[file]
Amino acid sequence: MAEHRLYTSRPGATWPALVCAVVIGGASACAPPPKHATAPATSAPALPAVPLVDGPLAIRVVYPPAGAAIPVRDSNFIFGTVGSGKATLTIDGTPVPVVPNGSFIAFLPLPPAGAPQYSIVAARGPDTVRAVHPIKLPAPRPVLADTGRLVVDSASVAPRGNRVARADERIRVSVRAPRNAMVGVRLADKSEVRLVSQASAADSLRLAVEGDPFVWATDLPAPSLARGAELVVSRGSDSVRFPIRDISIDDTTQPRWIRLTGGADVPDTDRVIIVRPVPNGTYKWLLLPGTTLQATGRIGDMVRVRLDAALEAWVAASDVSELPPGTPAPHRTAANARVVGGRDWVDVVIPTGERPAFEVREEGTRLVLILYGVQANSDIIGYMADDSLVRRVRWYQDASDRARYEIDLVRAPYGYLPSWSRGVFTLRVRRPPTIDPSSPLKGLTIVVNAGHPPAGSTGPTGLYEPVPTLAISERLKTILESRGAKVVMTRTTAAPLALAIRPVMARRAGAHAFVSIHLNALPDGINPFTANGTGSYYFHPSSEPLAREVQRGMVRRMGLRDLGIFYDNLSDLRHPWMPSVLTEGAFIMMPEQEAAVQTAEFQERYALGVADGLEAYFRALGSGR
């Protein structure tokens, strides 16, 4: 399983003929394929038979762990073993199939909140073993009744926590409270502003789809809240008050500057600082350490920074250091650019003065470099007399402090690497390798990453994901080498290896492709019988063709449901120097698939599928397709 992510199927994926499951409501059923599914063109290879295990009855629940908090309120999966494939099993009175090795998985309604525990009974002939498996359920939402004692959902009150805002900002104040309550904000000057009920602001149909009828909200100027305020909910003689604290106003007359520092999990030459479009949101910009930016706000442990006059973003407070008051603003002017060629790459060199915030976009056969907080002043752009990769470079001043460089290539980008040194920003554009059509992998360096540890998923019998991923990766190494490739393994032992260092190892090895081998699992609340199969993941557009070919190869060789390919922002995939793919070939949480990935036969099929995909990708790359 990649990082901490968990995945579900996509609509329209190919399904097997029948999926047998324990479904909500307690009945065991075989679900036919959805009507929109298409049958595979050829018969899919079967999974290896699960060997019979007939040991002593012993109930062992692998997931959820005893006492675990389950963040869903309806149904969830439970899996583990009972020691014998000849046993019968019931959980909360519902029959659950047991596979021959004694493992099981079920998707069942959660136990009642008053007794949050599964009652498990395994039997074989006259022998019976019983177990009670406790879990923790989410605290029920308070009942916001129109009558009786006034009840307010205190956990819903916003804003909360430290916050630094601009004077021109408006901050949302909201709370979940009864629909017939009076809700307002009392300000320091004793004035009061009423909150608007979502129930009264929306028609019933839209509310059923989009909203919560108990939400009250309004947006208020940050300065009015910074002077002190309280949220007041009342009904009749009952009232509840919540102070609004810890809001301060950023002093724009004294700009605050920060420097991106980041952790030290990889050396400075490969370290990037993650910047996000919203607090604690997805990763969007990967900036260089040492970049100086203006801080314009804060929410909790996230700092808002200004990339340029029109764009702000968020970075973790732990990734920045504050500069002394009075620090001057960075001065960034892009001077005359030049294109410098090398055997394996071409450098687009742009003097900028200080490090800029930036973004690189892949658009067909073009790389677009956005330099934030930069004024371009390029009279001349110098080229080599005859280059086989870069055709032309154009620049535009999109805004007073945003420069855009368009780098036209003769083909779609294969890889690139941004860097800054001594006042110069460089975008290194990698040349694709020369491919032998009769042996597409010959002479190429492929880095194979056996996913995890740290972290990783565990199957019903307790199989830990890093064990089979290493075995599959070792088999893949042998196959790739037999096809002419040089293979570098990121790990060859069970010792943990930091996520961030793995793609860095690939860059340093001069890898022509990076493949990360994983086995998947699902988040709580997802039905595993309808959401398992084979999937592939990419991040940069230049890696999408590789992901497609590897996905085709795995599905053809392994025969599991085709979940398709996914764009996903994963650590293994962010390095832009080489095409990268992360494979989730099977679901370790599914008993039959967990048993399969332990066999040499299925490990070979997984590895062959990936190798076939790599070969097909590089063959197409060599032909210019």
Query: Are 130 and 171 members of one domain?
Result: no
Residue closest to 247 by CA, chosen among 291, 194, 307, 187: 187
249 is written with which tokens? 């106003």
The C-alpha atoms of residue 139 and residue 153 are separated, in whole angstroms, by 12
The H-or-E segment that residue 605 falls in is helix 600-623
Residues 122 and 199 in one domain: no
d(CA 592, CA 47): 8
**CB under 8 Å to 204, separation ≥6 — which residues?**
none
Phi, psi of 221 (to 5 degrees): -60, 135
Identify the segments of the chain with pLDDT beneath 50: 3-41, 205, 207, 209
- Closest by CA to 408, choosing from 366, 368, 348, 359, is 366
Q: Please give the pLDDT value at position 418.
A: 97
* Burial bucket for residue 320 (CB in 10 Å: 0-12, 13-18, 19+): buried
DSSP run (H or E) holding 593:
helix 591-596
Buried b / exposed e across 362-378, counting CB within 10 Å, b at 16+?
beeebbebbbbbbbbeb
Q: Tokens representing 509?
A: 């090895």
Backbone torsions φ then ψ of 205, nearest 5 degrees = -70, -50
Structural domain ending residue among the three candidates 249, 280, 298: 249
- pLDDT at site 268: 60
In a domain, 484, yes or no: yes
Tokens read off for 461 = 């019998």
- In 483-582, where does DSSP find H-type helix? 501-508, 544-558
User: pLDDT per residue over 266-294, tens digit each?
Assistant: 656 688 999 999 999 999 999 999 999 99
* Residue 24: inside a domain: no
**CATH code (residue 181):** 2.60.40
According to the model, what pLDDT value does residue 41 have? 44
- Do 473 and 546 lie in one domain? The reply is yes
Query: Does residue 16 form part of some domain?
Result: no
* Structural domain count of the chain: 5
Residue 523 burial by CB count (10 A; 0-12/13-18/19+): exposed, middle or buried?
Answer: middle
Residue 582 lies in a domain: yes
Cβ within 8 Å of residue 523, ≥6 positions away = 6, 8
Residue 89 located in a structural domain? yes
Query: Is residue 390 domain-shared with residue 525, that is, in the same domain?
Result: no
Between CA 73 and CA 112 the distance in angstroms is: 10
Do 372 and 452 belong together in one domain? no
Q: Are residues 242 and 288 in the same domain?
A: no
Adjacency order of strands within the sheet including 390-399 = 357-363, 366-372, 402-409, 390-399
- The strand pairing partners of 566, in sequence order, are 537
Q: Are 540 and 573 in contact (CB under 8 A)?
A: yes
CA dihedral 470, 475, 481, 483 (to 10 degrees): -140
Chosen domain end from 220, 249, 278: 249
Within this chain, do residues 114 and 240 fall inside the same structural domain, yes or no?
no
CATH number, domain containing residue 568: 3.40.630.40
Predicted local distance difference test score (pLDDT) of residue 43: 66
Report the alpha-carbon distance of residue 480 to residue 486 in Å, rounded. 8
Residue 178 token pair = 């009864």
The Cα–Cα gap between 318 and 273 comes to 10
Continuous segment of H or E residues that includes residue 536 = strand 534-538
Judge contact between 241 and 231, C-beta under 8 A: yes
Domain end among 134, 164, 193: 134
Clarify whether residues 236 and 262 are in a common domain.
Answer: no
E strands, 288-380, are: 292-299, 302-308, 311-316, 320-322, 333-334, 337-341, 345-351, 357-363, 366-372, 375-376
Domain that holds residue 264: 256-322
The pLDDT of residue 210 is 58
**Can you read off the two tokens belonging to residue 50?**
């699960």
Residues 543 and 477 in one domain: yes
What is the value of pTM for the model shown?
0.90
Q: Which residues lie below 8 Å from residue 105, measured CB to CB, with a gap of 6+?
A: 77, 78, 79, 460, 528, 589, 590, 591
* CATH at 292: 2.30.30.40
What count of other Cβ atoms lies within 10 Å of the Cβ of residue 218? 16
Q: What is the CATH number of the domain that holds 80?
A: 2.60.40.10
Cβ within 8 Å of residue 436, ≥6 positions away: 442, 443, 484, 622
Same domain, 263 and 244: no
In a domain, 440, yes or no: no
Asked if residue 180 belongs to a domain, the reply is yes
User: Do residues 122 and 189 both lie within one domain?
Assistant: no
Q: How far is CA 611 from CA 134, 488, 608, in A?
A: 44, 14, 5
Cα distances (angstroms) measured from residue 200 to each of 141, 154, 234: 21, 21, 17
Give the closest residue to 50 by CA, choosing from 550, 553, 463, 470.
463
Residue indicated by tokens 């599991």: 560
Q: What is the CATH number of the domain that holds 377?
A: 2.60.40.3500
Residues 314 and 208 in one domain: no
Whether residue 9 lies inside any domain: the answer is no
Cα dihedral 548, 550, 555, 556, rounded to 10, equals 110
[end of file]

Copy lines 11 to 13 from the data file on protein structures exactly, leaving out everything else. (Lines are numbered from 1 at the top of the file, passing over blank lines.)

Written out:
**CB under 8 Å to 204, separation ≥6 — which residues?**
none
Phi, psi of 221 (to 5 degrees): -60, 135